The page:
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Hi - I am 39, semi pro tennis player, living in Israel, just got diagnosed with D2. No family history. Spent Saturday night in hospital, with a 475 count, now home and stable around 100-150, very new to this and learning fast!!!
 

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Yeah, it's a jolt that puts us in speed-learning mode for sure! Your numbers have come down quickly, and still will - are you on oral meds? Insulin? Diet control?

What symptoms took you to the hospital? For me it was barely being able to walk after not keeping food down for 10 days. I kept thinking "this is some powerful stomach flu!" and had to be kicked in the backside to get help.

Welcome to the forum, glad you found us.
 

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Hi - I am 39, semi pro tennis player, living in Israel, just got diagnosed with D2. No family history. Spent Saturday night in hospital, with a 475 count, now home and stable around 100-150, very new to this and learning fast!!!
Sounds rather similar to my experience - I'm a bit older than you - but this time last year my wife finally got me to go to casualty where they stuck me on an insulin pump for three days - I started at 400 and an HbA1c of 8.2%.

Like you, I was shocked but within a few weeks of getting home, the blood sugars dropped (with careful attention to diet) into the 80s and by the beginning of November, I was able to do without any medication at all.

Good site to start exploring is Blood Sugar 101. Jenny covers the ground pretty well and offers some very helpful advice.

Welcome to the forum, you'll also find lots of advice here.

John
 

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Discussion Starter · #4 ·
Thanks guys!
I travel all the time for work, got home from a week in China and woke up t go to the bathroom. whilst I was taking a "piss" (excuse the language) I had terrible lower back ache. This continued on and off and is really strange for me. I went to the emergency room, and as a regular test they did blood work....boom! This all happened as I said Saturday!
Today was ok.... Until i wanted a snack....had a diet yogurt and I am now on 209!!!!! So aggravating
 

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Welcome to the forums. It is a shock to some. I pretty much had myself diagnosed when I went to the doctor but was in denial. I hope you come back often. There are a ton of wonderful people here and you can get great advice, support and encouragement. Or, if you need a place to vent, this is it!

Hope to see you around often. I visited Israel in 2007 and loved it. I would love to come back for another visit.
 

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Welcome to the Forum. A lot of us were totally shocked with our diagnosis. Many of us were very active, not overweight and ate so called healthy diets. The important thing to remember is eating carbs causes our bgs to rise. Carbs are in everything including healthy foods like fruit, milk, yogurt and wheat products. So you will figure out how many carbs you can handle at one meal and return to 120-140 within 2 hours. This takes a lot of trial and error to find out what foods are kind to your bg. Many of us find alternatives to the things that spike us. Check out our recipe section, we have fantastic cooks, here.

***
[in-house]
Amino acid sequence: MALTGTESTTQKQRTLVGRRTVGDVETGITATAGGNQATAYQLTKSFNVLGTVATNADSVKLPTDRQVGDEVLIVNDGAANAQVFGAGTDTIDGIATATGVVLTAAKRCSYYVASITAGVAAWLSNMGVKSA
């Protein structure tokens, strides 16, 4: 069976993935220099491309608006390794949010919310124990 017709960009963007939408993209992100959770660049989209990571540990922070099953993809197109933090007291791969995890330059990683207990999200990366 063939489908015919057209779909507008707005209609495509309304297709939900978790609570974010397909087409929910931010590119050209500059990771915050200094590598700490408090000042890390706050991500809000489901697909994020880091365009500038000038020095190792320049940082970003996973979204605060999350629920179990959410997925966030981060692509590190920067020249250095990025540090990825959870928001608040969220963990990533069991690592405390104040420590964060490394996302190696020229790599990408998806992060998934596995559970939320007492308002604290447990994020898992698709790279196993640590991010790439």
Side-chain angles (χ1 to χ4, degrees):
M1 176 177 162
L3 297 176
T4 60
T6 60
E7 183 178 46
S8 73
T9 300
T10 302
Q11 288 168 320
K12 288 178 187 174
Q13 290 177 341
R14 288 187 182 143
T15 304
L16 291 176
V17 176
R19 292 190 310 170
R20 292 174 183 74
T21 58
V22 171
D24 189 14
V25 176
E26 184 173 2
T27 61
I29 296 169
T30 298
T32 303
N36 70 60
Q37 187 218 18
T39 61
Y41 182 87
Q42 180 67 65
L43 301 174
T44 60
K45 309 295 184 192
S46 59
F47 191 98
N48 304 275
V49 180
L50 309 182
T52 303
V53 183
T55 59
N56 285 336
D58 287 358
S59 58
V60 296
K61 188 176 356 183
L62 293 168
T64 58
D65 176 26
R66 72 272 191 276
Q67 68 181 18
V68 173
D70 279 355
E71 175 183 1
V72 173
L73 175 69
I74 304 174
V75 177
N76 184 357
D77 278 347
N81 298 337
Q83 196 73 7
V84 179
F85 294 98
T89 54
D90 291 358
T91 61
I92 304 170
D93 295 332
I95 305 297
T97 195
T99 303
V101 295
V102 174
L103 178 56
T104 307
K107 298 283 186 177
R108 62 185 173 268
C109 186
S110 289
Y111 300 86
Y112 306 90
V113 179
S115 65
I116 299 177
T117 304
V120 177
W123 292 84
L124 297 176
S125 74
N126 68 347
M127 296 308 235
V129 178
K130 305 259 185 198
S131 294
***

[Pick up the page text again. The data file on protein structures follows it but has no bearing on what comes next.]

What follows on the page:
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Welcome! Getting diagnosed can defintiely be a shocker.. The important thing is to control your diabetes and not let it control you..

I hope you come back often.. There are alot of wonderful people here who have a welath of information and advice
 

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Welcome and your diagnosis sounds like mine. Except I was ketoacidotic. Were you tested for ketones?

You might want to look at GAD-65 antibody testing to rule out slow-onset Type 1, considering your description of your health. You are on basal insulin (Levemir or Lantus?), and that should help a lot. If you are on a sulfonylurea oral drug, however, it can hasten beta cell demise so it might be good to find something else once you are under good control.

But ... I am jumping on that, you are still in shock. I knew 3 days before seeing my doc, b/c my husband had a meter. And it STILL was a horrible shock at the doctor's office -- I kept waiting for everyone to tell me there was am istake, but, 2.5 yrs later, nobody has.
 

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I second this recommendation. The emergency room doctor as well as my primary care doc diagnosed me with T2. I'm not sure how they came to that conclusion, my weight was good, and my glucose levels normal for the past 10 years of annual testing. I presented in the emergency room with glucose at 650mg/dl and A1C 12.5. I suppose it was because I'm 33 and the prevalence of the juvenile diabetes phrase. Only after I went in to see an endocrinologist(a week later) was I appropriately diagnosed T1 and placed on insulin. Get antibody testing, I had to ask for it. I was overwhelmed, but just three months in now, things are going a lot more smoothly.


Welcome and your diagnosis sounds like mine. Except I was ketoacidotic. Were you tested for ketones?

You might want to look at GAD-65 antibody testing to rule out slow-onset Type 1, considering your description of your health. You are on basal insulin (Levemir or Lantus?), and that should help a lot. If you are on a sulfonylurea oral drug, however, it can hasten beta cell demise so it might be good to find something else once you are under good control.

But ... I am jumping on that, you are still in shock. I knew 3 days before seeing my doc, b/c my husband had a meter. And it STILL was a horrible shock at the doctor's office -- I kept waiting for everyone to tell me there was am istake, but, 2.5 yrs later, nobody has.
 
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